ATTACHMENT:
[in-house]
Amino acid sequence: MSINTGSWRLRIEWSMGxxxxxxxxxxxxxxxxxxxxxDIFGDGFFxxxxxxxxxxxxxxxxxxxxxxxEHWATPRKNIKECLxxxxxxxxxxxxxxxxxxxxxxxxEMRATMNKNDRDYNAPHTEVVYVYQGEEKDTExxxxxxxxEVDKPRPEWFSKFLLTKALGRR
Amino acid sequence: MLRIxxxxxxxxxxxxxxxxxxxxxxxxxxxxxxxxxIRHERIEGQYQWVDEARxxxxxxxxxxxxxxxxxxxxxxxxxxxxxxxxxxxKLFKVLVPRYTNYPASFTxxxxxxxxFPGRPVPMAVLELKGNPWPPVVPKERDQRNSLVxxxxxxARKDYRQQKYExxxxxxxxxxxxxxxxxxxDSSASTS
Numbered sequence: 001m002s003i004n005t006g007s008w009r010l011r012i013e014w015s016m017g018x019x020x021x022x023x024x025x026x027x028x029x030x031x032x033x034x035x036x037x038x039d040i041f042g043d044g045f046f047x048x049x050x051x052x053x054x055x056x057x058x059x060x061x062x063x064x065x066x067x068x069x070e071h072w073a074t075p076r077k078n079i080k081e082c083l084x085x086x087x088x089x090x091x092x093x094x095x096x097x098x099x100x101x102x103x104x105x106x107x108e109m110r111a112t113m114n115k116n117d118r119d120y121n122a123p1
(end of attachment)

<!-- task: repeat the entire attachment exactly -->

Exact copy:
[in-house]
Amino acid sequence: MSINTGSWRLRIEWSMGxxxxxxxxxxxxxxxxxxxxxDIFGDGFFxxxxxxxxxxxxxxxxxxxxxxxEHWATPRKNIKECLxxxxxxxxxxxxxxxxxxxxxxxxEMRATMNKNDRDYNAPHTEVVYVYQGEEKDTExxxxxxxxEVDKPRPEWFSKFLLTKALGRR
Amino acid sequence: MLRIxxxxxxxxxxxxxxxxxxxxxxxxxxxxxxxxxIRHERIEGQYQWVDEARxxxxxxxxxxxxxxxxxxxxxxxxxxxxxxxxxxxKLFKVLVPRYTNYPASFTxxxxxxxxFPGRPVPMAVLELKGNPWPPVVPKERDQRNSLVxxxxxxARKDYRQQKYExxxxxxxxxxxxxxxxxxxDSSASTS
Numbered sequence: 001m002s003i004n005t006g007s008w009r010l011r012i013e014w015s016m017g018x019x020x021x022x023x024x025x026x027x028x029x030x031x032x033x034x035x036x037x038x039d040i041f042g043d044g045f046f047x048x049x050x051x052x053x054x055x056x057x058x059x060x061x062x063x064x065x066x067x068x069x070e071h072w073a074t075p076r077k078n079i080k081e082c083l084x085x086x087x088x089x090x091x092x093x094x095x096x097x098x099x100x101x102x103x104x105x106x107x108e109m110r111a112t113m114n115k116n117d118r119d120y121n122a123p1